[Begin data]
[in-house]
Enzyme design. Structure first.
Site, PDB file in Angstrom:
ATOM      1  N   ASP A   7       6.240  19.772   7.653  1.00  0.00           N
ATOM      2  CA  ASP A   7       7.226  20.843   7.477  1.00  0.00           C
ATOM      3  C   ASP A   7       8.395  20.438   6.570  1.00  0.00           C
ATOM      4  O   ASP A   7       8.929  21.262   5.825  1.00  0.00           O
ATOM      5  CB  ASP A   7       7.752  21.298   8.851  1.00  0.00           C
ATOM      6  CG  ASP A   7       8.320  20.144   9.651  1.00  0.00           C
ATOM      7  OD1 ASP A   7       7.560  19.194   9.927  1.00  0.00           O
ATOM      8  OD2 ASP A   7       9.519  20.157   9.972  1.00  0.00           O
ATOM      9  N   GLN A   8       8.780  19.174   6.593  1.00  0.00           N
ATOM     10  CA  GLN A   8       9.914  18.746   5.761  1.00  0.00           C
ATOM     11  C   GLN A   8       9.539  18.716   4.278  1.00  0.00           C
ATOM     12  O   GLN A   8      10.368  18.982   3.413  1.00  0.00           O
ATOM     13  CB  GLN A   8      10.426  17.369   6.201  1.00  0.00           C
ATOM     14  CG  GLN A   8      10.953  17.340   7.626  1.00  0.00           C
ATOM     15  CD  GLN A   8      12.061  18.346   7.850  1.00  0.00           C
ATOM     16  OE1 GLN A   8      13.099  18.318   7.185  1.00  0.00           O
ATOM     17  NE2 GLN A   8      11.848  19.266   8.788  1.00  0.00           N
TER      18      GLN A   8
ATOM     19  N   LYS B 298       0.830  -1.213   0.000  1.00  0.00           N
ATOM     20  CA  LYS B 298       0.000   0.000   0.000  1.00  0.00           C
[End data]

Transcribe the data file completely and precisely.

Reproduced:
[in-house]
Enzyme design. Structure first.
Site, PDB file in Angstrom:
ATOM      1  N   ASP A   7       6.240  19.772   7.653  1.00  0.00           N
ATOM      2  CA  ASP A   7       7.226  20.843   7.477  1.00  0.00           C
ATOM      3  C   ASP A   7       8.395  20.438   6.570  1.00  0.00           C
ATOM      4  O   ASP A   7       8.929  21.262   5.825  1.00  0.00           O
ATOM      5  CB  ASP A   7       7.752  21.298   8.851  1.00  0.00           C
ATOM      6  CG  ASP A   7       8.320  20.144   9.651  1.00  0.00           C
ATOM      7  OD1 ASP A   7       7.560  19.194   9.927  1.00  0.00           O
ATOM      8  OD2 ASP A   7       9.519  20.157   9.972  1.00  0.00           O
ATOM      9  N   GLN A   8       8.780  19.174   6.593  1.00  0.00           N
ATOM     10  CA  GLN A   8       9.914  18.746   5.761  1.00  0.00           C
ATOM     11  C   GLN A   8       9.539  18.716   4.278  1.00  0.00           C
ATOM     12  O   GLN A   8      10.368  18.982   3.413  1.00  0.00           O
ATOM     13  CB  GLN A   8      10.426  17.369   6.201  1.00  0.00           C
ATOM     14  CG  GLN A   8      10.953  17.340   7.626  1.00  0.00           C
ATOM     15  CD  GLN A   8      12.061  18.346   7.850  1.00  0.00           C
ATOM     16  OE1 GLN A   8      13.099  18.318   7.185  1.00  0.00           O
ATOM     17  NE2 GLN A   8      11.848  19.266   8.788  1.00  0.00           N
TER      18      GLN A   8
ATOM     19  N   LYS B 298       0.830  -1.213   0.000  1.00  0.00           N
ATOM     20  CA  LYS B 298       0.000   0.000   0.000  1.00  0.00           C